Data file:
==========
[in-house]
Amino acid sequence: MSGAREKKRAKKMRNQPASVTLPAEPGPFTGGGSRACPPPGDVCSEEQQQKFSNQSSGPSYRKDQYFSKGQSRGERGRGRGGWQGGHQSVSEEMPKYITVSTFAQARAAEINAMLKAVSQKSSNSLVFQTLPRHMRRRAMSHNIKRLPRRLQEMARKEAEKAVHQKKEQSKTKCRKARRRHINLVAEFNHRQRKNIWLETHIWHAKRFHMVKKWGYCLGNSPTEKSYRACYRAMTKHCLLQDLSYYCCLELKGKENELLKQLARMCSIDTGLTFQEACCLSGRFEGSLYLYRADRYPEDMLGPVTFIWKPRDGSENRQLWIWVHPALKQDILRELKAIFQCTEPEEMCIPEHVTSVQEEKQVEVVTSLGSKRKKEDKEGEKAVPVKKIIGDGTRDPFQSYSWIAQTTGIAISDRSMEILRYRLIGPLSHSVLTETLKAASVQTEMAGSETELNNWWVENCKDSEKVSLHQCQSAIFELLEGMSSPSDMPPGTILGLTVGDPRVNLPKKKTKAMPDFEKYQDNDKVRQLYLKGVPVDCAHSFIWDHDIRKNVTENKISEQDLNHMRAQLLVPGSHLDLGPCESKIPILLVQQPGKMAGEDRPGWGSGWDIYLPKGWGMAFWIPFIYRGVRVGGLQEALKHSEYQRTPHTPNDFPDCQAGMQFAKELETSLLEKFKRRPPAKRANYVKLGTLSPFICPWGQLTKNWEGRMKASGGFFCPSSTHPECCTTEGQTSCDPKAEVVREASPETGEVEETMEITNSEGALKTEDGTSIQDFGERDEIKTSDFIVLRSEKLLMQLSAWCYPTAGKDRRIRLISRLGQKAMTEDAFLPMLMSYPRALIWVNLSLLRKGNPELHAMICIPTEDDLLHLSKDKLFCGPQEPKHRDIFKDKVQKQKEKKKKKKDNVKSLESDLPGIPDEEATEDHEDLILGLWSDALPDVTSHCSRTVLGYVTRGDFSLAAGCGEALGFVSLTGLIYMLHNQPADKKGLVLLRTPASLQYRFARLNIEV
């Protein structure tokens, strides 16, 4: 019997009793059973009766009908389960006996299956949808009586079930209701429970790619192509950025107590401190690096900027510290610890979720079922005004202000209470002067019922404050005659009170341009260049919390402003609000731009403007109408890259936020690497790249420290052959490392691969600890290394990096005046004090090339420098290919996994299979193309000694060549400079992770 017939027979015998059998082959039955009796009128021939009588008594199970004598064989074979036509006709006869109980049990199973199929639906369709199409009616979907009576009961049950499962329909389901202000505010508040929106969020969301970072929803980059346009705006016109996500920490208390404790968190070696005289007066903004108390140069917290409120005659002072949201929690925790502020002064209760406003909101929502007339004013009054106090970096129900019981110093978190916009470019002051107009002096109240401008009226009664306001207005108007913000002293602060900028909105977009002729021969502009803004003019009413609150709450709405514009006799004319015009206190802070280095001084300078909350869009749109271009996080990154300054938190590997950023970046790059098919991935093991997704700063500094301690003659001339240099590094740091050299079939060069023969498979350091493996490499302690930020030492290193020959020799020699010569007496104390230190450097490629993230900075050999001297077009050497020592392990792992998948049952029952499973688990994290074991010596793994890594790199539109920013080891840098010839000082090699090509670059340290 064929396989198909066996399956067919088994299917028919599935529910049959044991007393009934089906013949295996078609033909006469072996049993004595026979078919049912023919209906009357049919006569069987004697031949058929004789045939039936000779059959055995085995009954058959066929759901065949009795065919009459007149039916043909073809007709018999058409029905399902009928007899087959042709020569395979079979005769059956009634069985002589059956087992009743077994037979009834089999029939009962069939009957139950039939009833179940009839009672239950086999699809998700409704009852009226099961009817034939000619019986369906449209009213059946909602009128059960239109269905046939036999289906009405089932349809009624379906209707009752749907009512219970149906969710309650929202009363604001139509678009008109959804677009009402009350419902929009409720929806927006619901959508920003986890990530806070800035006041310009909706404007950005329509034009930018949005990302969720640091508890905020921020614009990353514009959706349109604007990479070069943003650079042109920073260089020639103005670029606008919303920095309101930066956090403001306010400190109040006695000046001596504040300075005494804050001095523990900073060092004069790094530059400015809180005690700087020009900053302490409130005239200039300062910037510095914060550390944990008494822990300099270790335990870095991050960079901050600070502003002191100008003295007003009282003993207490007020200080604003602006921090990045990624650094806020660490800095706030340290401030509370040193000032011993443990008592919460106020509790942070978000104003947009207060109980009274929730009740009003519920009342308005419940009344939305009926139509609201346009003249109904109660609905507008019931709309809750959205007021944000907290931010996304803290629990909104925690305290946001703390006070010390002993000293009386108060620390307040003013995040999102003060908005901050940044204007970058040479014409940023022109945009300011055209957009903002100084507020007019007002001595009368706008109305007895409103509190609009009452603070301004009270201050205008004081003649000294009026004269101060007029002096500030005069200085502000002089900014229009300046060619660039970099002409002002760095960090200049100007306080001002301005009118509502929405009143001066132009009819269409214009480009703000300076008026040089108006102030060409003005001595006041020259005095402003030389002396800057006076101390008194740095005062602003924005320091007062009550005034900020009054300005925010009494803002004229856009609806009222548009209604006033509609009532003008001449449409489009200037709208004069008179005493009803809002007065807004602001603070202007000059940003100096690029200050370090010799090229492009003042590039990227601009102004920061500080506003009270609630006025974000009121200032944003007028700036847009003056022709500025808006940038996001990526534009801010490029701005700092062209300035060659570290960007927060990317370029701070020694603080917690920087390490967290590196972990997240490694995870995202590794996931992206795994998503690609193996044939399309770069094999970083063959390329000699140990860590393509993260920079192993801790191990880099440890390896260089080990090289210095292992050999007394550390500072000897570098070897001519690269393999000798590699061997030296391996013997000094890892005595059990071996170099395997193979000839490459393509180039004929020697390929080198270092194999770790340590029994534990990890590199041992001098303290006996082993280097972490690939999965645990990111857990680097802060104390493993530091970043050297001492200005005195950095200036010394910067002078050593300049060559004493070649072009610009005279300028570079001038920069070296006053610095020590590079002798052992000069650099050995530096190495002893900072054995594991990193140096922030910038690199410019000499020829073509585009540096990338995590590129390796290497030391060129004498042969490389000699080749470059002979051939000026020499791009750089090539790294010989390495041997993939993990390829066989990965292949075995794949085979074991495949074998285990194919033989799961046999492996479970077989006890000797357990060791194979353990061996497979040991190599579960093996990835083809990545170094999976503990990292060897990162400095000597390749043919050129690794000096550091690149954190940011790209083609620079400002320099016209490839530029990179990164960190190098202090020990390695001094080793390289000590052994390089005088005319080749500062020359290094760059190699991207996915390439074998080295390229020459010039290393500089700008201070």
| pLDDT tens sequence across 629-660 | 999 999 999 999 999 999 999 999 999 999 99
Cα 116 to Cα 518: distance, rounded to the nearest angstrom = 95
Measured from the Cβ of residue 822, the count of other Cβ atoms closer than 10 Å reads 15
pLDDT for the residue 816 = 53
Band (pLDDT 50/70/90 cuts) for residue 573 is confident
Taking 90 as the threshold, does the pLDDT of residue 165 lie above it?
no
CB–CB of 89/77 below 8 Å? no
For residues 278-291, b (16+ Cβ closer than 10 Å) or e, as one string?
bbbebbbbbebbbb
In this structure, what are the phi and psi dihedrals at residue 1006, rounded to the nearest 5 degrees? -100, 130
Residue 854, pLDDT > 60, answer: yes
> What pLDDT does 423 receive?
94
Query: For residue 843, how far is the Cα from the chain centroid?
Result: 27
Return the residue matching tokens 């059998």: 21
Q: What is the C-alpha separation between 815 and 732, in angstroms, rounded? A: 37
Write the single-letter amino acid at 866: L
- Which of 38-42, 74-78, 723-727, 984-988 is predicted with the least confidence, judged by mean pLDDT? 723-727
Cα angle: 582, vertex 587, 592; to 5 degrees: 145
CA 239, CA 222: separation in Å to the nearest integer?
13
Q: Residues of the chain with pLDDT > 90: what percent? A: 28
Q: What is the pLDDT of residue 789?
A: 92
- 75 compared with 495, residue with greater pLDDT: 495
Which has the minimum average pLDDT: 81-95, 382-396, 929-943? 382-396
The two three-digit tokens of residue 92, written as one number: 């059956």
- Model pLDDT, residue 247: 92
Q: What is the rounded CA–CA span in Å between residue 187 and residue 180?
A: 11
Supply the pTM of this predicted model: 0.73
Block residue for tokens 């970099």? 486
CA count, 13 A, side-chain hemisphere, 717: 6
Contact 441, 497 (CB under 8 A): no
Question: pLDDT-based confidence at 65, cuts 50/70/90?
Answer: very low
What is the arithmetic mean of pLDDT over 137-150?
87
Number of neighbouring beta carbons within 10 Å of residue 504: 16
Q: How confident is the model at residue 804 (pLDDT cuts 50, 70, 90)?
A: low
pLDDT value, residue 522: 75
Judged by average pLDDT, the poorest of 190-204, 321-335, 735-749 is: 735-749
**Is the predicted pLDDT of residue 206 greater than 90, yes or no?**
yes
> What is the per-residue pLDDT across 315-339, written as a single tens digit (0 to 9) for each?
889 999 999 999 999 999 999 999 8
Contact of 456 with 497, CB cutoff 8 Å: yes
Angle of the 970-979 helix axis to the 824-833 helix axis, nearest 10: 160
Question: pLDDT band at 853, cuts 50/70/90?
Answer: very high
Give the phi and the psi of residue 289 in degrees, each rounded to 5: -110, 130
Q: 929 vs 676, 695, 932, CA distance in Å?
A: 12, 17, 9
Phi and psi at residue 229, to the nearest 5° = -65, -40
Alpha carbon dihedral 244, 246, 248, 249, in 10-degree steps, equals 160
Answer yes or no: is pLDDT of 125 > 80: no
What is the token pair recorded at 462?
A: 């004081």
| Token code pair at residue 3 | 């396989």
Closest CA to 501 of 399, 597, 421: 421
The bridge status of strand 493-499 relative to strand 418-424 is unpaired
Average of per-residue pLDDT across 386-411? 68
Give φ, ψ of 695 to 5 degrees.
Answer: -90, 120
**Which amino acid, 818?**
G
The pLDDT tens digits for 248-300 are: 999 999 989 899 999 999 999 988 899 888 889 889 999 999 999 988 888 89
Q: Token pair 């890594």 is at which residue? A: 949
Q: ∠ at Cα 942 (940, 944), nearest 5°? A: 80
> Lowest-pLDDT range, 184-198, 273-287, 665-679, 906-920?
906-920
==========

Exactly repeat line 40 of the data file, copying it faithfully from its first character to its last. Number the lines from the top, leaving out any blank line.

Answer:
Question: pLDDT-based confidence at 65, cuts 50/70/90?